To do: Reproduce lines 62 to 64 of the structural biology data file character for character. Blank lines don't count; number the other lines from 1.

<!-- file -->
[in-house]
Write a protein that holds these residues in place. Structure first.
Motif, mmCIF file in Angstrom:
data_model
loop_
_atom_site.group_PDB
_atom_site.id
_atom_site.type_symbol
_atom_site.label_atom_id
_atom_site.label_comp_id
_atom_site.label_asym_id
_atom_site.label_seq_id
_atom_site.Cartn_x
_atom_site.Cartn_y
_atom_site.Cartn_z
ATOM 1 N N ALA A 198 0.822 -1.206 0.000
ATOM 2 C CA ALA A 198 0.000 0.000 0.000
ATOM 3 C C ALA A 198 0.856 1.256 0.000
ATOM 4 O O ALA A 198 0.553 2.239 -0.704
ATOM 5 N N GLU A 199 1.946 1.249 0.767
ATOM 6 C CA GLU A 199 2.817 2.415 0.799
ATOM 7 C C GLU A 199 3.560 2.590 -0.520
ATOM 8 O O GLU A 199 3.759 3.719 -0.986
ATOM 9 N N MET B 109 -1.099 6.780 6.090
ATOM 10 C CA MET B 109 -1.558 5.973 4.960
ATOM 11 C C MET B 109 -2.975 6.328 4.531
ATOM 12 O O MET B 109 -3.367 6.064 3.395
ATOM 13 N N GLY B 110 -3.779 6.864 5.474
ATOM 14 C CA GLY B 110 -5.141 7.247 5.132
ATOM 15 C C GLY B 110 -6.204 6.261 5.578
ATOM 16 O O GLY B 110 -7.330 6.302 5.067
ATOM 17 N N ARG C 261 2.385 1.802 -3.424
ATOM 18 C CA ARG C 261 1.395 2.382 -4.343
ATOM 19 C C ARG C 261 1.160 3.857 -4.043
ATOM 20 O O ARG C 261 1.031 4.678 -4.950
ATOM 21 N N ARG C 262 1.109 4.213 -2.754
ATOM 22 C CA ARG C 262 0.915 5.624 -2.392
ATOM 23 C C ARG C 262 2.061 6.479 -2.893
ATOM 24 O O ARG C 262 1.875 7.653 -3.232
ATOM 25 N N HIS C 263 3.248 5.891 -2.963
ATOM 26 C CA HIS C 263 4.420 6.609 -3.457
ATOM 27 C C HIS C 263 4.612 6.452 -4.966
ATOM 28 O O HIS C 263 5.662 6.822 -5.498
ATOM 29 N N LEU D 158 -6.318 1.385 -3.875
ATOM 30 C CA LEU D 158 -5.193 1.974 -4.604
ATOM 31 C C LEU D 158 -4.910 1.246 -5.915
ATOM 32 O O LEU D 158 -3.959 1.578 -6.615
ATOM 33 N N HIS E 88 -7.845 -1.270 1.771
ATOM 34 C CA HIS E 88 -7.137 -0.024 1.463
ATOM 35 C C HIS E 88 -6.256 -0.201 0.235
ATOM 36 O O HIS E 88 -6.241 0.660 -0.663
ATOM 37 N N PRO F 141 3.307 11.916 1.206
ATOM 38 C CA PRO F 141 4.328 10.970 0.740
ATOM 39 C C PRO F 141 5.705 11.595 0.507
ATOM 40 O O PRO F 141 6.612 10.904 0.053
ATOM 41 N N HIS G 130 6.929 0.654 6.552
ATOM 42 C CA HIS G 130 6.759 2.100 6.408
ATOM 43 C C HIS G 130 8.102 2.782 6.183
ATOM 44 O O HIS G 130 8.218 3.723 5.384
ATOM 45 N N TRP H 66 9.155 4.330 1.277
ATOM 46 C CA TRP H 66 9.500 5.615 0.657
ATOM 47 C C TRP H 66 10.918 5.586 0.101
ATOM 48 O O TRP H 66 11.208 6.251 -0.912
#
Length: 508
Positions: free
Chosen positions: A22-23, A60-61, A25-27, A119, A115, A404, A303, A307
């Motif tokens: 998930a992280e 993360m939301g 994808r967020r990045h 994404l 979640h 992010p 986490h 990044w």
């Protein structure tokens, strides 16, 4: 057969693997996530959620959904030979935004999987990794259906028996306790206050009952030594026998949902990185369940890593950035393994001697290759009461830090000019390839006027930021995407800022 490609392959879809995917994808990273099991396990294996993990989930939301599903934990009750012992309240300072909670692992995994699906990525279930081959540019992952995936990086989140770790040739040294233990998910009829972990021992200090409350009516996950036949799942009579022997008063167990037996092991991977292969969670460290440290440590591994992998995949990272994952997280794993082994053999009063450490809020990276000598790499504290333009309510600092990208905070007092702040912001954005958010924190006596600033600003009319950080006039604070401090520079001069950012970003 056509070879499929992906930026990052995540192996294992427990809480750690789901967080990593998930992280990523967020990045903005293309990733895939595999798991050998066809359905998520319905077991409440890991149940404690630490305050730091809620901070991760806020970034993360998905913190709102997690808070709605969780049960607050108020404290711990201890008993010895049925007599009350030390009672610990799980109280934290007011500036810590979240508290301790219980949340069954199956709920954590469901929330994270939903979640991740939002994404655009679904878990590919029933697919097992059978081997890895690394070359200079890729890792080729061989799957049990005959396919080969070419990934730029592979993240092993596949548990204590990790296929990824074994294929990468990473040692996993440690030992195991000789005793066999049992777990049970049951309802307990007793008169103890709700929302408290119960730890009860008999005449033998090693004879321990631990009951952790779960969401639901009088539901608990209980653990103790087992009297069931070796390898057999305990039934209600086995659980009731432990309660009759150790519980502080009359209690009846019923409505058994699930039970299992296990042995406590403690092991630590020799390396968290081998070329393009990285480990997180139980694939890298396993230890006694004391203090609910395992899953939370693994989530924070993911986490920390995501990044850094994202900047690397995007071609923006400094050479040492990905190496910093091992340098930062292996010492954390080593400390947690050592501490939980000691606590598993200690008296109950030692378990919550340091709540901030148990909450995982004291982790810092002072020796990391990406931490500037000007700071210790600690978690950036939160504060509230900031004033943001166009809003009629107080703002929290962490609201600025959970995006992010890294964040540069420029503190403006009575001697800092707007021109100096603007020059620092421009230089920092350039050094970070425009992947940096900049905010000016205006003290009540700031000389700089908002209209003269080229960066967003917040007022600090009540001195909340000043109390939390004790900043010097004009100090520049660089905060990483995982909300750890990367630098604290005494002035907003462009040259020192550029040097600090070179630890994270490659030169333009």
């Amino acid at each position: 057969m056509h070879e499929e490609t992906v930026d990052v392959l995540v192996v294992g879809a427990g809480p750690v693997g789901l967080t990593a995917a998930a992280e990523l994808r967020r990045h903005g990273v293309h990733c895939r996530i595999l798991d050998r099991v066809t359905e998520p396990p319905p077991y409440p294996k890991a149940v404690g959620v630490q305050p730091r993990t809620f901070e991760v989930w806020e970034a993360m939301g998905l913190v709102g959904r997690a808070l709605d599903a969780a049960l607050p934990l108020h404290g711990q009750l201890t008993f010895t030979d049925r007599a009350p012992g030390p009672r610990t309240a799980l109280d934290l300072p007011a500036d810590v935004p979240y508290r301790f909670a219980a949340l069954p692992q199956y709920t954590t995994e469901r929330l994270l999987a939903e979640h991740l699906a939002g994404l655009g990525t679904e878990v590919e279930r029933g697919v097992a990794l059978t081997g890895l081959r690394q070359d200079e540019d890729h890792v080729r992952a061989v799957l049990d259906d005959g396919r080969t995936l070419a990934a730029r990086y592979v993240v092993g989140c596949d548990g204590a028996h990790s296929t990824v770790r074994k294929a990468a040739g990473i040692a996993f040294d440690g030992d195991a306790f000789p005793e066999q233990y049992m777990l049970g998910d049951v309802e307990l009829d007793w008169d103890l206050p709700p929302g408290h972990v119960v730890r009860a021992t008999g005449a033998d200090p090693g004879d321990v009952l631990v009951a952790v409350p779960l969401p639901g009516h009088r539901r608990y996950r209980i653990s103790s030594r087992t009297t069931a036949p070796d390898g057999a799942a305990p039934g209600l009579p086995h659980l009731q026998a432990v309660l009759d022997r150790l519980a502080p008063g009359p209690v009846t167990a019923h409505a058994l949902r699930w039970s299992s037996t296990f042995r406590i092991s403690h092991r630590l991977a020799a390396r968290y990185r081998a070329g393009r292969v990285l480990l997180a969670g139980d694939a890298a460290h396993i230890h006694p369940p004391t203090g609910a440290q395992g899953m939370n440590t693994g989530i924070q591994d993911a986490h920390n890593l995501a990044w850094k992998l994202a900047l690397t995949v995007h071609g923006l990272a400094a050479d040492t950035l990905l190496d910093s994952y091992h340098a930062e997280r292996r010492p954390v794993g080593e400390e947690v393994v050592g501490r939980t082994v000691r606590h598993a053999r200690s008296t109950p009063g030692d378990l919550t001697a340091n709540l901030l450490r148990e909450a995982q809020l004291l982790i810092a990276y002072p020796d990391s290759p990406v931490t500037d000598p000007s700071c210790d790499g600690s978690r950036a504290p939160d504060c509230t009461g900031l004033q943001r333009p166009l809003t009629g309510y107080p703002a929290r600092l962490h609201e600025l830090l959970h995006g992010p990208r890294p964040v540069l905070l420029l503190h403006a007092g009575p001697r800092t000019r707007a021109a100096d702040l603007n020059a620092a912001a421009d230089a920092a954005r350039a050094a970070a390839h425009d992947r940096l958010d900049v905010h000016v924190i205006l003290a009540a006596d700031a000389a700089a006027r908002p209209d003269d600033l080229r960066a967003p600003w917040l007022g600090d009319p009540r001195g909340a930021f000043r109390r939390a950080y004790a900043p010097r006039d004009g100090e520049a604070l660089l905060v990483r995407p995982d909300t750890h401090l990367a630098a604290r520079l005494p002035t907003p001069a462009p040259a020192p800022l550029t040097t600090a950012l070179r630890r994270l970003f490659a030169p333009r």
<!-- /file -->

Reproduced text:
ATOM 47 C C TRP H 66 10.918 5.586 0.101
ATOM 48 O O TRP H 66 11.208 6.251 -0.912
#